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FTCE Social Science 6-12 Ultimate Guide2021-08-06T00:58:24+00:00

FTCE Social Science 6-12: Ultimate Guide and Practice Test

Preparing to take the FTCE Social Science 6-12?


You’ve found the right page. We will answer every question you have and tell you exactly what you need to study to pass the FTCE Social Science 6-12.

Quick Facts

The Florida Teacher Certification Examinations (FTCE) Social Science exam is required for Florida teachers who teach social sciences in grades 6-12. It is designed to measure a candidate’s knowledge of the six competencies to ensure a teacher is qualified to instruct students in this subject area.

Types of questions include command questions, questions over charts and graphs (graphic related questions), sentence completion questions, scenario questions, and direct questions.  

Since the entire Social Science (6-12) Test is approximately 120 questions, you can break down the number of questions by the weight of each competency:

  • Geography (10% = approximately 12 questions)
  • Economics (15% = approximately 18 questions)
  • Political Science (15% = approximately 18 questions)
  • World History (25% = approximately 30 questions)
  • U.S. History (25% = approximately 30 questions)
  • Social Science Methodology (10% = approximately 12 questions)

Given a test time of 2 hours and 30 minutes and 120 questions, you have about 1.25 minutes to answer each question. The test is timed, and at any point, you can see the time remaining on the test. So, pace yourself and monitor the time.  We recommend going through the entire test and answering every question you are reasonably certain about. Then go back and address the questions you were unsure of.




The number of questions answered correctly is converted to something called a “scale score.” A scaled score of at least 200 is required to pass.

For the Social Science (6-12) test, test takers must answer roughly 74% of the questions correctly to pass the test. For a 120-question test, this equivalates to approximately 89 questions answered correctly. These numbers may vary slightly based on the number of questions and the difficulty of the test, which may vary slightly from test to test as there is more than one version.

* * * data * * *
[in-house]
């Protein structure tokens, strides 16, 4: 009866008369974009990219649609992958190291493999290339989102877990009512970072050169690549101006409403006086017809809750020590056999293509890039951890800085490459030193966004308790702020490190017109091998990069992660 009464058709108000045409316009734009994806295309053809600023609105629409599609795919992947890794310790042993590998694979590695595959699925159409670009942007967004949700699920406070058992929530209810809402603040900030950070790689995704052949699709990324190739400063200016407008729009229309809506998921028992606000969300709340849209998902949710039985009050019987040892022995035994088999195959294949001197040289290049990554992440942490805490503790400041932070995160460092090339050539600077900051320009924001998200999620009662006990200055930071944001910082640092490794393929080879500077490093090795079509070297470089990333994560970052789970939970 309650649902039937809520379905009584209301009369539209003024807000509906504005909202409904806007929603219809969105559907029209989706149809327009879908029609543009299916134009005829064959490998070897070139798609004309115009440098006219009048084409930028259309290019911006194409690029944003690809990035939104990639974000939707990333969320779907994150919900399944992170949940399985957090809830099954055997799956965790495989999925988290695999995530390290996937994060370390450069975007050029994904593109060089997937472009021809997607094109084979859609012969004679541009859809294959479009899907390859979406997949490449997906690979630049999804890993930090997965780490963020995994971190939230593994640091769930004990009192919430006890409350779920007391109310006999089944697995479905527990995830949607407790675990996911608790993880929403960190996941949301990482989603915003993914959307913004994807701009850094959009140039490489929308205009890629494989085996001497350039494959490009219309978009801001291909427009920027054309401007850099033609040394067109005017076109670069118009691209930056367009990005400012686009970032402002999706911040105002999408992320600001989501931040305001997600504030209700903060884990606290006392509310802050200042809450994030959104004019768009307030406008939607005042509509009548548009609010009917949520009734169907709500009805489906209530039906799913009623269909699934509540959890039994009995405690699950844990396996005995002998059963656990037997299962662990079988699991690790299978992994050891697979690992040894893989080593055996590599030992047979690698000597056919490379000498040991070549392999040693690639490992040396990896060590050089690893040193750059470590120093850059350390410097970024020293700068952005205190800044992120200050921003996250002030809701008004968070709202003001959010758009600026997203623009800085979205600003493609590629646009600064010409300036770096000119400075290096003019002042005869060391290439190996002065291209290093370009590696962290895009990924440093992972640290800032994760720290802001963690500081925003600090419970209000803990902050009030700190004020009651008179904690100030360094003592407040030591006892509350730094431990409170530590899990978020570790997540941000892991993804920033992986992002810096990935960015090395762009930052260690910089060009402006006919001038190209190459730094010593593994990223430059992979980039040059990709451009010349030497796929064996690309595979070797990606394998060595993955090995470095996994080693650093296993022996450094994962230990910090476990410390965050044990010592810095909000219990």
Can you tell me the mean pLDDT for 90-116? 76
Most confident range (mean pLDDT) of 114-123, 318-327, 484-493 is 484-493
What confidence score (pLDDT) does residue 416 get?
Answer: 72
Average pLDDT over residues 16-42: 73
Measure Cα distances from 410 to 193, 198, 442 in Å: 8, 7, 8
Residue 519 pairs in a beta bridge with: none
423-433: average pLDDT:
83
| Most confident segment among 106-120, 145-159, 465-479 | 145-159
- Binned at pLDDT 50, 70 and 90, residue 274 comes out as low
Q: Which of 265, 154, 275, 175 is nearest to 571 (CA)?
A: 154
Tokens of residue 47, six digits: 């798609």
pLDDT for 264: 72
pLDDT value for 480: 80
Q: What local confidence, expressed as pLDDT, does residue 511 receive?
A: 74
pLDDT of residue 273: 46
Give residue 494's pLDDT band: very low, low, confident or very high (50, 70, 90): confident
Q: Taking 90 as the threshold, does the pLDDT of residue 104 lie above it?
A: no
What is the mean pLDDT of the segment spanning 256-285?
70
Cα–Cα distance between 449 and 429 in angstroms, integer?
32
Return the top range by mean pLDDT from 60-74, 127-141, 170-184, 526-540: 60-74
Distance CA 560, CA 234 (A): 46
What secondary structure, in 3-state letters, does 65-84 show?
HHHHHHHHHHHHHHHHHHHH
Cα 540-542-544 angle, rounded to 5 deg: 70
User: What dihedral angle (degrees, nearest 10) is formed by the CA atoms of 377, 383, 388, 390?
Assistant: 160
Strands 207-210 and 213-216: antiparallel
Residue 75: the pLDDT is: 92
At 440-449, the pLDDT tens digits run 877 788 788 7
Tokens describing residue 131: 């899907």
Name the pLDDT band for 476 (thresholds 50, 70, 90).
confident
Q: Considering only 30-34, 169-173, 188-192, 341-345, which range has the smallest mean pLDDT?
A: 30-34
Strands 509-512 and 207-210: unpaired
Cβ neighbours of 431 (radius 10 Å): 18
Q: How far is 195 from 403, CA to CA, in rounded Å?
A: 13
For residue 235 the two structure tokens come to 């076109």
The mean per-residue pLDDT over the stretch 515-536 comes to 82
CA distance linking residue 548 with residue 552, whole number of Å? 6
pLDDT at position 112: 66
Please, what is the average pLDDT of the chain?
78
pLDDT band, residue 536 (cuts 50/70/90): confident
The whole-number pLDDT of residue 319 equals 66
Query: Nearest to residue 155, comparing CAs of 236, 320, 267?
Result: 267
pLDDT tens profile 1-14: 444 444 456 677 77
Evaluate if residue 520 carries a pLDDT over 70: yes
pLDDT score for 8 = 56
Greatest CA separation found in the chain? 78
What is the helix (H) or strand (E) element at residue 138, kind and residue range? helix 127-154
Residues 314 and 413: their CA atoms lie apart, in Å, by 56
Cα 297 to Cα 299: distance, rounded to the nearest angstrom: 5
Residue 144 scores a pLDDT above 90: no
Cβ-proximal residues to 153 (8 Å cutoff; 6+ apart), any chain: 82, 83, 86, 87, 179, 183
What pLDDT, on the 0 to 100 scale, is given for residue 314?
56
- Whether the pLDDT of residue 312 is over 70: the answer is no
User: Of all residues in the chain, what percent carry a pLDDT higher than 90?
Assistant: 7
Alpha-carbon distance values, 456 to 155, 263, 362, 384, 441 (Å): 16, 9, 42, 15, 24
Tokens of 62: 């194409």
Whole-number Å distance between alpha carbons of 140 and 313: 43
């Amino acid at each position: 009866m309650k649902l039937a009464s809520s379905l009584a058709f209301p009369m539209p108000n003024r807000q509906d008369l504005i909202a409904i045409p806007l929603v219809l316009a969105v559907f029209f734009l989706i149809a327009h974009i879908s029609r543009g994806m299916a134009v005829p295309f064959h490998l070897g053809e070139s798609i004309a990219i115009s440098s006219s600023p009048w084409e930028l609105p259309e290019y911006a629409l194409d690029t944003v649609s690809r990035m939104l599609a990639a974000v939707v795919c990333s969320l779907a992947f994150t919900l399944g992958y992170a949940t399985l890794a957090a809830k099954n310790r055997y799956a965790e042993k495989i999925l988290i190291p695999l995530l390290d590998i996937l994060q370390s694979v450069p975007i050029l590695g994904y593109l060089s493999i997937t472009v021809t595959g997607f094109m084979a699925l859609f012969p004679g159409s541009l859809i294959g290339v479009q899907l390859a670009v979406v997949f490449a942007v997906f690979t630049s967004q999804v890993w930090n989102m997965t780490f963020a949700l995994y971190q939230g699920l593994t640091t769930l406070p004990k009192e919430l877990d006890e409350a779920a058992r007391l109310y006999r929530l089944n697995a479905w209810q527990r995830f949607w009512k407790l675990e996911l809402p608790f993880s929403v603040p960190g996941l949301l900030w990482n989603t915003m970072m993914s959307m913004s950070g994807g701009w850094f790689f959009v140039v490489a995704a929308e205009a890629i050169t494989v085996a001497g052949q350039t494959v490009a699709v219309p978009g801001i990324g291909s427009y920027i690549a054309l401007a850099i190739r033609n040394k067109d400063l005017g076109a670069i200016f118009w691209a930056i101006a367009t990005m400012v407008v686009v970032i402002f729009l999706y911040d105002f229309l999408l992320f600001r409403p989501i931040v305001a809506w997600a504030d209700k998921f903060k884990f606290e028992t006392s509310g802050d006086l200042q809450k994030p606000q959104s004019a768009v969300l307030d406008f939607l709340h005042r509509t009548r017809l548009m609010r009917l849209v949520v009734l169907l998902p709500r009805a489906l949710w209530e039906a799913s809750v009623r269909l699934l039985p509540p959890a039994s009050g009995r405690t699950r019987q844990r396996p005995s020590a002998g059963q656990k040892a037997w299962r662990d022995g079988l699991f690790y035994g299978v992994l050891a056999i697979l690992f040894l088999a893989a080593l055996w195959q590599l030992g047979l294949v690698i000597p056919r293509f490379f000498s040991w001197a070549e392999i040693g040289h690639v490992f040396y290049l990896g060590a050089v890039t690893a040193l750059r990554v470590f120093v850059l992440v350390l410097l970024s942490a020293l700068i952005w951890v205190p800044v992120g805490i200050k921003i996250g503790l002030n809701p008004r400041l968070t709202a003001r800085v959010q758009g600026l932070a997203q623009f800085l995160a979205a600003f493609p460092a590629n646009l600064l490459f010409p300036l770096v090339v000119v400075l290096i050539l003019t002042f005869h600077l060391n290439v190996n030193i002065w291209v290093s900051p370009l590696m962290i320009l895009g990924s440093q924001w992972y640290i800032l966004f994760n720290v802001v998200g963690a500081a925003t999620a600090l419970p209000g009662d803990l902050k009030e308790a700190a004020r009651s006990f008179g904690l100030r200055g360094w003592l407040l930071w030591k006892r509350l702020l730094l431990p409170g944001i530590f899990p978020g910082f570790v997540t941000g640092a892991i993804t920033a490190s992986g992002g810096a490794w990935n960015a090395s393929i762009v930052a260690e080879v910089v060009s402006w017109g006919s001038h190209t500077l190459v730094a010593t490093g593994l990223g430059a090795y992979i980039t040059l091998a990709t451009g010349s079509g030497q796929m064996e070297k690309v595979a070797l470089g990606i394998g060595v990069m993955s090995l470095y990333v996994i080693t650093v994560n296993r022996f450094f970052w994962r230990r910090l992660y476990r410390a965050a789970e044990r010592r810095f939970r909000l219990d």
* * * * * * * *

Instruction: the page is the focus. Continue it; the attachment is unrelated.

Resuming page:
Study time:

In order to feel prepared for the test, plan to spend several weeks studying. It is helpful to create a schedule for yourself ahead of time by breaking down the test topics into different weeks. This way, you will know you have enough time to study each topic covered on the test.

What test takers wish they’d known:

You may encounter a series of “test questions” which exam writers may incorporate into the test as practice questions which may or may not later be added to the test as a regular question.  So do not be alarmed if you come across a question that you feel may not be worded well or doesn’t make sense. Do your best to answer it correctly, but it’s possible this is just a test question that will not count toward your score.  

Don’t spend too much time on a question you don’t know and risk losing valuable time on future questions that you would know.  You risk running out of time if you allow more difficult questions to occupy too much of your time and don’t allow yourself enough time to read every question.  

Information obtained from

Exam Content


This exam has 6 competencies:

  • Geography (10%)
  • Economics (15%)
  • Political Science (15%)
  • World History (25%)
  • U.S. History (25%)
  • Social Science Methodology (10%)

The Social Sciences encompass several academic disciplines that all center around society and the dynamics of human relationships. Social Sciences include the study of both U.S. and world history with the intent of better understanding the past to plan for the future. The study of geography examines physical features of the Earth and its landscape and analyzes population growth and movement and its effects on competition for resources and land use.  Political Science focuses on government practice and politics at all levels. Economics focuses on the widespread manufacturing and distribution of goods or services for financial gain. The study of society and social phenomena is paramount for us to gain a better understanding of what human beings require to function and thrive.

So, let’s talk about Geography first.


This competency includes about 12 multiple-choice questions which make up about 10% of the entire exam.